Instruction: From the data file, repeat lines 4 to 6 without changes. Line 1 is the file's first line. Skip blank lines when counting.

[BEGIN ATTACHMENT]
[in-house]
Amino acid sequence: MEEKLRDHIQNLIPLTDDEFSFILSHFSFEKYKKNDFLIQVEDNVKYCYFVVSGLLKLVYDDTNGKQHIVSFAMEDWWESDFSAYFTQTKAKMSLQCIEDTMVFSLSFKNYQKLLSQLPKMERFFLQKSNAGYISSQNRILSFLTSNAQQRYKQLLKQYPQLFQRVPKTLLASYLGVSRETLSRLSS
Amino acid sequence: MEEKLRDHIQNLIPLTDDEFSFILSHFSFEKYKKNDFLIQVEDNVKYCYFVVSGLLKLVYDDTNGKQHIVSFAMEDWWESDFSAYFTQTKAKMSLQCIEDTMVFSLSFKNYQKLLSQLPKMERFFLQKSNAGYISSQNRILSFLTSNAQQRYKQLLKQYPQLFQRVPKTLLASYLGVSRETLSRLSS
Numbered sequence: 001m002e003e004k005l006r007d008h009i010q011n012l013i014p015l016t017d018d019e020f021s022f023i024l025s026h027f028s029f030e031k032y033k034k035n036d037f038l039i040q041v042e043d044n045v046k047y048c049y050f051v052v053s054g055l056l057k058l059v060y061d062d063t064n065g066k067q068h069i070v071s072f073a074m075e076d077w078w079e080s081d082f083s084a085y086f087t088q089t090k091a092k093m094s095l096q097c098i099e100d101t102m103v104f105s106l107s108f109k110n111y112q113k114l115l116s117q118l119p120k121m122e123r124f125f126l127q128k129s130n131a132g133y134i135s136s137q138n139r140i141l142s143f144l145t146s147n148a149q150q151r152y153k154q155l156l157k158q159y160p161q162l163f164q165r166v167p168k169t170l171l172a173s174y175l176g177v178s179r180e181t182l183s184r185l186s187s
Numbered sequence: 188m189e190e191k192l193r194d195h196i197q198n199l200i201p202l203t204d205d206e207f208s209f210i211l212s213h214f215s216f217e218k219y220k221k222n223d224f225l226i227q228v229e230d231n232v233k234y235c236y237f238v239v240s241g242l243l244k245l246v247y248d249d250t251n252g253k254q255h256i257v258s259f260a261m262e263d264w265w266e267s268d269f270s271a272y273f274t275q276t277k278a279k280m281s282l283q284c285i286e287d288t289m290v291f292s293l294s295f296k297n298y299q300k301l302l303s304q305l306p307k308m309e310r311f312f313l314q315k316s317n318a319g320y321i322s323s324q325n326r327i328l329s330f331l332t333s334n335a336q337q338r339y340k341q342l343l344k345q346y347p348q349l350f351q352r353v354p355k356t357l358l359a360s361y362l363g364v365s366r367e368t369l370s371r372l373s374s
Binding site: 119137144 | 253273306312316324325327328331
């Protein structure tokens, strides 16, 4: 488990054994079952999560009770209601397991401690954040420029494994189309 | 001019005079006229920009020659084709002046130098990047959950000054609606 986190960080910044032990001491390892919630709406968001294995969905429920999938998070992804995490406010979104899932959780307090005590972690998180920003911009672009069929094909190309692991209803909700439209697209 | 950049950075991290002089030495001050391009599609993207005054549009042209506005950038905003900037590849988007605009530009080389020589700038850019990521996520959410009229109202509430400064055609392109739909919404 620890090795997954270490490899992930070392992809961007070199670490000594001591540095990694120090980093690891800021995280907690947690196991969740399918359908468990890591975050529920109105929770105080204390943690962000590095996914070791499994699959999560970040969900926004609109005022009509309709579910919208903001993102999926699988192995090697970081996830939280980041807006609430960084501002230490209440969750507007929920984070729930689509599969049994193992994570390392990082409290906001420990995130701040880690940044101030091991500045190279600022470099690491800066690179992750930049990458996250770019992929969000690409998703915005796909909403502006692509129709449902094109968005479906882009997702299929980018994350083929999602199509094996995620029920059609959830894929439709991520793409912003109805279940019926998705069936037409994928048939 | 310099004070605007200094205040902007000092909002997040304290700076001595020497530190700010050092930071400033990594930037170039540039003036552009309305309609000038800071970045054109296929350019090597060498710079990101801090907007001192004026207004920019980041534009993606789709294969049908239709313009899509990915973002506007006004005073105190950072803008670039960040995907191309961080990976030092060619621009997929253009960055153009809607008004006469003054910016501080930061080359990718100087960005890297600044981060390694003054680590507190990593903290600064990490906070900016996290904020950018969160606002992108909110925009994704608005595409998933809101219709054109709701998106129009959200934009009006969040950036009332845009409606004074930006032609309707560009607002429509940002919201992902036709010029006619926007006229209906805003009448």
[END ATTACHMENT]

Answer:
Numbered sequence: 001m002e003e004k005l006r007d008h009i010q011n012l013i014p015l016t017d018d019e020f021s022f023i024l025s026h027f028s029f030e031k032y033k034k035n036d037f038l039i040q041v042e043d044n045v046k047y048c049y050f051v052v053s054g055l056l057k058l059v060y061d062d063t064n065g066k067q068h069i070v071s072f073a074m075e076d077w078w079e080s081d082f083s084a085y086f087t088q089t090k091a092k093m094s095l096q097c098i099e100d101t102m103v104f105s106l107s108f109k110n111y112q113k114l115l116s117q118l119p120k121m122e123r124f125f126l127q128k129s130n131a132g133y134i135s136s137q138n139r140i141l142s143f144l145t146s147n148a149q150q151r152y153k154q155l156l157k158q159y160p161q162l163f164q165r166v167p168k169t170l171l172a173s174y175l176g177v178s179r180e181t182l183s184r185l186s187s
Numbered sequence: 188m189e190e191k192l193r194d195h196i197q198n199l200i201p202l203t204d205d206e207f208s209f210i211l212s213h214f215s216f217e218k219y220k221k222n223d224f225l226i227q228v229e230d231n232v233k234y235c236y237f238v239v240s241g242l243l244k245l246v247y248d249d250t251n252g253k254q255h256i257v258s259f260a261m262e263d264w265w266e267s268d269f270s271a272y273f274t275q276t277k278a279k280m281s282l283q284c285i286e287d288t289m290v291f292s293l294s295f296k297n298y299q300k301l302l303s304q305l306p307k308m309e310r311f312f313l314q315k316s317n318a319g320y321i322s323s324q325n326r327i328l329s330f331l332t333s334n335a336q337q338r339y340k341q342l343l344k345q346y347p348q349l350f351q352r353v354p355k356t357l358l359a360s361y362l363g364v365s366r367e368t369l370s371r372l373s374s
Binding site: 119137144 | 253273306312316324325327328331